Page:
of Doomed Judgment .here most manifest •?
CoMplicationwand dangers are• now ap
pearing, which create deep 'anxieties' in the
breasts of all lovers of. Constitutional freeL
dom. Garibaldi, disgusted with that.semi-
French policy of Cavonr, by 'which, an
Italian province was given over to the Em
peror Napoleon., has written to the King of
Sardinia, demanding the dismissal of his
Prime liinister, as well as of others inthe
Piedmontese Cabinetwho support his views:
He, holds fastioehis:avowedrdetermination
not to proclaim the annexation of Naples
and Sicily tQ, 4-4: 6 9 1 it 3 1 t 1 ,4 1 : I?e,:doe,svPq
fian the top - of tbe
he' is to anneuitee
Italy is free under, ont
=mud. In this
handng over of Abe
Siadinia i for that flee
Anemia, att'd is haste]
the Tope's last, strap'
the Die.tatiSrlias
ditiian` Constitution ft
Garibaldi's linguagik
nal, of ..Naples, is', 'f'.l
dispOsed to sacrigOo
ihe'altar of the 'etiint.
reconbiled. men,
Ita sanprovznee.
The King of ar
Mgt :by Giibaidi's
. t}
. ,
convoke: the Chambe)
believe to reteiVe,,n
the Cabinet, and plait
.tutor that he will opt
tempt to enter Retne,
didy be done 'by
allies forming the .. gm
he, has'inade,'
ject:nraf ipterliretatiin
in earnest: Rut is MS
If he attempts it,
, .
thing? If France, is
ningt a She, not vindicate
and kindred queStiont
as - ked--' not forgetting
at NapleS the
getting `the ''upper '
apolitan army are pi
is enhstino• them ant
rently for a battle.
The true, solution of! diffmulty woidd
be fodnd in the Pope at le. lfis `car
riage" always" Staii 31.,.-; Way:" It has'
dope so for yeart,i. " 'Letlr", moire 'on," and
hi be of to ode ofthe Balearic'
Mends, to JetdsaleM, even to 6ohlen
Squaie, I;ondon,,(wyefOur'wena
be able'te,lodke, well,. a capital
cellar :dWn 'far
the. goly
Father; and t ;:bis Qa'rdlitals,) een.,
niglitmare would idea - frOM: off the
breast nf beautiful ItalY3r4 she wo'nbrbe
united and'free; ,
It is eOnfidentl9 afarmeit,lhat u the''Pppe ±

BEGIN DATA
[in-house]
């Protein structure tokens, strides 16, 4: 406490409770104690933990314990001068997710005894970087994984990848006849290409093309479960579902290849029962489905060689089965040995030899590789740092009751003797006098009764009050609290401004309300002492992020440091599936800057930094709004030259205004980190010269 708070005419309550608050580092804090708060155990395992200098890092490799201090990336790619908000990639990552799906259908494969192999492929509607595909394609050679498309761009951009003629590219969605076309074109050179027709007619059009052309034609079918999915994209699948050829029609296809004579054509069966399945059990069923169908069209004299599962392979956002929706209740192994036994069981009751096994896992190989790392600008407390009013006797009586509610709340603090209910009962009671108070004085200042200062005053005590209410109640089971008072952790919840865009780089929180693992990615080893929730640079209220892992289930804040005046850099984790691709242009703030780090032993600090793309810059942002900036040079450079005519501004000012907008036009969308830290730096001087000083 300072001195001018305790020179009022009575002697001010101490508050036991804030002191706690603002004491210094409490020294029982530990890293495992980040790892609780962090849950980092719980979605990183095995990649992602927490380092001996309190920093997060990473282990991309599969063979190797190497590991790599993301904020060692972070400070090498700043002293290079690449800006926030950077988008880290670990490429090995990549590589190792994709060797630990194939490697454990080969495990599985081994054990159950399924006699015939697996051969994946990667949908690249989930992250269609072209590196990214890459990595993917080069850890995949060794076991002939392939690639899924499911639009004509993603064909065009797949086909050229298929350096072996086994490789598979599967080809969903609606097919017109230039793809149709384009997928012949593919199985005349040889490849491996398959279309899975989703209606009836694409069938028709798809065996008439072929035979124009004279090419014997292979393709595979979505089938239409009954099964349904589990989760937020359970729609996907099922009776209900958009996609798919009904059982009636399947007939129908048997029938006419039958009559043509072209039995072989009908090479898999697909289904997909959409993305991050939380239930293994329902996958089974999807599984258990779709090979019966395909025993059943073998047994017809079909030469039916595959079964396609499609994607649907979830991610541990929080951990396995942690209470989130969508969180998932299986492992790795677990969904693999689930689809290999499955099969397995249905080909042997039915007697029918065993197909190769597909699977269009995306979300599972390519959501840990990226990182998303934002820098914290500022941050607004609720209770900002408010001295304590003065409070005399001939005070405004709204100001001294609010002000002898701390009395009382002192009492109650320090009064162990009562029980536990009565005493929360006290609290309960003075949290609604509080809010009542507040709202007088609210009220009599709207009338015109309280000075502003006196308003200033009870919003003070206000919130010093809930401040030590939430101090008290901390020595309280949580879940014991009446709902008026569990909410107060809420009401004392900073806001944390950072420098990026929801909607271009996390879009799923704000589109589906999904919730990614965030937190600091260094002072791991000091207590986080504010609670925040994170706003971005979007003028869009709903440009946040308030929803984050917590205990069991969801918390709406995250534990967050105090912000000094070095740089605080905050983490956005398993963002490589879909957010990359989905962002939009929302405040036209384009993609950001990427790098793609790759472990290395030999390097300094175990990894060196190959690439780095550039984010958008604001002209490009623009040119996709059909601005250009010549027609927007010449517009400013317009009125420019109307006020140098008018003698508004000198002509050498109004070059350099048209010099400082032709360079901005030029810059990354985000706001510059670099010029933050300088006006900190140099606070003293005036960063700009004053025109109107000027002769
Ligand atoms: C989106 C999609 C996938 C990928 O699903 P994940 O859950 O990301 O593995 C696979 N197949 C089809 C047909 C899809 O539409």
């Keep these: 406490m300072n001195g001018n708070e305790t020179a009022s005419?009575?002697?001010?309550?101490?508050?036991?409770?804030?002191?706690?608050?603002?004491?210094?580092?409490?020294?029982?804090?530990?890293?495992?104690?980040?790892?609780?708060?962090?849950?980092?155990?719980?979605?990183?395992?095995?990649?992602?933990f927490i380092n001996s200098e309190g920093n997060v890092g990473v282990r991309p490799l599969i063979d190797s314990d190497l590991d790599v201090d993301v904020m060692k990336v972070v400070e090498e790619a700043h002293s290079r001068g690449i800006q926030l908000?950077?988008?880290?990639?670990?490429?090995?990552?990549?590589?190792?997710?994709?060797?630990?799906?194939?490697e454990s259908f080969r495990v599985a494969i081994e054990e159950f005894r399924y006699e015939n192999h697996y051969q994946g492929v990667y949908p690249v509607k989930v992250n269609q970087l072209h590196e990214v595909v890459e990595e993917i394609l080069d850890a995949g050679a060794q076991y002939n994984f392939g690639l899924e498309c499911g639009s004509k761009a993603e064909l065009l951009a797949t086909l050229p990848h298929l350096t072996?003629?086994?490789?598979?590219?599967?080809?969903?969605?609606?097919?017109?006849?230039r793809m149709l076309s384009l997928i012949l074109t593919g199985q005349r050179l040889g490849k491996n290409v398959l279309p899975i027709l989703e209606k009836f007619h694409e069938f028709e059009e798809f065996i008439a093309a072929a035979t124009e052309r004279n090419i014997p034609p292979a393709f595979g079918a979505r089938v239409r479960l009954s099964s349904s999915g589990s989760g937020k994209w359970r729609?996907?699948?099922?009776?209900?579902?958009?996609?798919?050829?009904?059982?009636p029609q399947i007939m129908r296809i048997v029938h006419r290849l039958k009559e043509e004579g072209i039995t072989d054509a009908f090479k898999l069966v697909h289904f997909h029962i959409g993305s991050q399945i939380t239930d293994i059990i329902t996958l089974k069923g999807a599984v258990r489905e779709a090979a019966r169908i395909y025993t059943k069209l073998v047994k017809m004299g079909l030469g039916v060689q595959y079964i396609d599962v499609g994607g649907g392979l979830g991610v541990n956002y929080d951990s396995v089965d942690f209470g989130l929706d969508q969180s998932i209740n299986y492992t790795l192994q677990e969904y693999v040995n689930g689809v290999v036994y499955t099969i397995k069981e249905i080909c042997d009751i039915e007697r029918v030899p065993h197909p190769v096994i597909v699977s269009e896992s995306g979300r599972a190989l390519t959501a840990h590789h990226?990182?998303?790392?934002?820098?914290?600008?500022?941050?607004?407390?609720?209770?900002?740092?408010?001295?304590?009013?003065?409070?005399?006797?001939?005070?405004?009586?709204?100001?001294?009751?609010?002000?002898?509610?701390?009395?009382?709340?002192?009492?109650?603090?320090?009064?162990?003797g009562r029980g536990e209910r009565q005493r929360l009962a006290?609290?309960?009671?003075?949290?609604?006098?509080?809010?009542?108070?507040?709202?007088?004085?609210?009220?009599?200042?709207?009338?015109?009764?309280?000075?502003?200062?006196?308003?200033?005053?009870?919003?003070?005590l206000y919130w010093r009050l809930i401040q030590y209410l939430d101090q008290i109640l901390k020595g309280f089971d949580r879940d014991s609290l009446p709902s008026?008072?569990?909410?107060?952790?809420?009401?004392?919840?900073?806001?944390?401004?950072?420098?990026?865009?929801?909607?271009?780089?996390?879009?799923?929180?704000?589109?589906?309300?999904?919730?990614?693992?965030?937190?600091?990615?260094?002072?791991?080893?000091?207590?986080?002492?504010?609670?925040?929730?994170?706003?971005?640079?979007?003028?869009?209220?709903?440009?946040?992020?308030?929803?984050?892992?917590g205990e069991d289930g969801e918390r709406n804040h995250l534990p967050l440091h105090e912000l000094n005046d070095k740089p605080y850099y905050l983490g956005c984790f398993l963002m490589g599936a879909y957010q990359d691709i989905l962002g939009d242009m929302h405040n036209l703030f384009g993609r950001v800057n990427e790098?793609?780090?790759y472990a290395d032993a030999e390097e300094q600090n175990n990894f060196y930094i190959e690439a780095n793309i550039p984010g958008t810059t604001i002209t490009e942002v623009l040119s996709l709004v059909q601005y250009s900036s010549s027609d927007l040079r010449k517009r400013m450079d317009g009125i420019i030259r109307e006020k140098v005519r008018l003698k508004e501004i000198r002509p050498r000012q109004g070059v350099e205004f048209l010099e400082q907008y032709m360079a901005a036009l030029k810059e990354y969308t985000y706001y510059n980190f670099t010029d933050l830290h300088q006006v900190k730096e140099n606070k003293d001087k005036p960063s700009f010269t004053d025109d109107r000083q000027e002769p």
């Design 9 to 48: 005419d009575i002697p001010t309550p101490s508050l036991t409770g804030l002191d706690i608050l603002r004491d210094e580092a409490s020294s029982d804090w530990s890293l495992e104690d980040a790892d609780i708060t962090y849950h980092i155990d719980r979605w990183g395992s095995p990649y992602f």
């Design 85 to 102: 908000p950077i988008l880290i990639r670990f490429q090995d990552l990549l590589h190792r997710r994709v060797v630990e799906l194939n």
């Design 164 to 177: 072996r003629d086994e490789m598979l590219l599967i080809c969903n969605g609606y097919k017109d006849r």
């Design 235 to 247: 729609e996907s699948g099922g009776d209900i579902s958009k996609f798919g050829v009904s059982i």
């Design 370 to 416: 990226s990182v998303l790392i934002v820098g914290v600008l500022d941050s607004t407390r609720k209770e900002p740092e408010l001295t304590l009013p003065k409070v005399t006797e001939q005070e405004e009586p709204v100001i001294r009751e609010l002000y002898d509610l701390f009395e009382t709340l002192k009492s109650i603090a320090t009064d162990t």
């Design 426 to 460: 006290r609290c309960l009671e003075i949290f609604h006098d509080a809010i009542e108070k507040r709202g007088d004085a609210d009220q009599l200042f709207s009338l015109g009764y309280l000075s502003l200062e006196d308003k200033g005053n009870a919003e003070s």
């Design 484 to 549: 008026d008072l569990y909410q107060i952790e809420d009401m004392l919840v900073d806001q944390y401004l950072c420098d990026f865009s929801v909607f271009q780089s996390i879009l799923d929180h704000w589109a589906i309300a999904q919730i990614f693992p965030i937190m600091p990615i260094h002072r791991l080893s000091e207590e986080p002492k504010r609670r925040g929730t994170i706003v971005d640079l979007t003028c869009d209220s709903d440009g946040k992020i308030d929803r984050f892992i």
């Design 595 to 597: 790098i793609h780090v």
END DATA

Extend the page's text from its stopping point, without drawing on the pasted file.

has a 'dOUnnienti c reaw to issue on
the , probable occasion of,; his 'departUre
frome *tine; and ex iiiiiing the',rea=
son *hi It will last. Papal;
doemnent;'WeArnat,ella issue from',
the Vatican'," end Pio NelY4l--tit'tihileieln
pnral sovereignty, ,at 1ea5t, 7 741,, we'also'
hope;be the last , of
. •. .
fresh ., and urtber )elueigatnin,-• as well, as .
the ,"plisti week; at: a :special meeting con
vened at Glasgow ? for-the•yurpose of hear
ing a statement, froni.4 , V,- Wei 'Church Minis
ter—well known t0,m64-:•the.liev. - .Mr:
Bougalywho"Was'settlVdi , lit .Florence: • His
statement is so interesting aL-ai authentic,
that I give it is full t ':t ' ' ' •
It must be very, grati*mg ,to, the bristiati.
People of. Glaggpit F the.,peppl i e. , of , a city which,-
had shown so much practical sympathy' WA`
Garibaldi-L.-to know that feligionisliberty inllfaly
was going,handinhandActtlii ,To* , „
give an idea of Garibaldi, ho,::might may that, as
S'potchmen„ did not feel, niork,vineratiOn for.:
Walla`e,e tli4iNlid' al ItaliariS Of the
present-hour - for'Gitribaldi, reve=
lutiOnary;:••••like' lakothertioitstitittionaL
GlEfaviien? T494.l.4lo4944grintlirogwilq*
that the, Singt ofrSardittla,CaSti o the ! die, for
Italy free and unitedoreiislaved 'firrever,
there was 'not a single man, Wonign,"pr • childitu
rintthe last three or fourimmitlis, ithroughout
the whole of Central Italy, as well . Sardinia,
who could..he got to talk,- on. any, other; subject
than how to send men and money .to Garibaldi,
to-help him in the accomplishnient,of that mible"
object foi.*hich in Gad'sproviddime he has Igen
raised' Up: God hadnoW . -given'•anotherl 'day of '
grace to Italy:, The former Movement had-been -
Suppressed by the Inquisition in-Italy and Spain, -
but was now revived and not confined as former
ly to the,npper elassea, among `the working
dosses of Tuscany, so that there was more
likelihood of its leavening the whole comMunity.:
Scotland had sent four of her sons to Italy tO
labor not• only, among J3ritish: visitors, but among
the, native population.
4 1iheugh a year and
a-half 'ago', there were tin thousand
readers in and around l'lnienoe;itud 'from llitSe
hundred to four hundred full Ootrinuinion with
the Church, •: there were 'usually from! , ten to
fifteen of i them-in prison in the town of. Florence..
and theyrovineial prison of Tuscany, for having,
in their poSse4ion a Copy . 'of the Word Of Pod' l '
NOW there was no'priest'as - foimieily at. thP -mia-
tdin house' of 'the ItomagniVand of Tuicany, , Und•
no , censor to keep out, the-,smallest packs& , of:
I3ibles..or other ; books,-for. many 1)9,6k:5...were , .
kept out as too eyangelieal, which we would not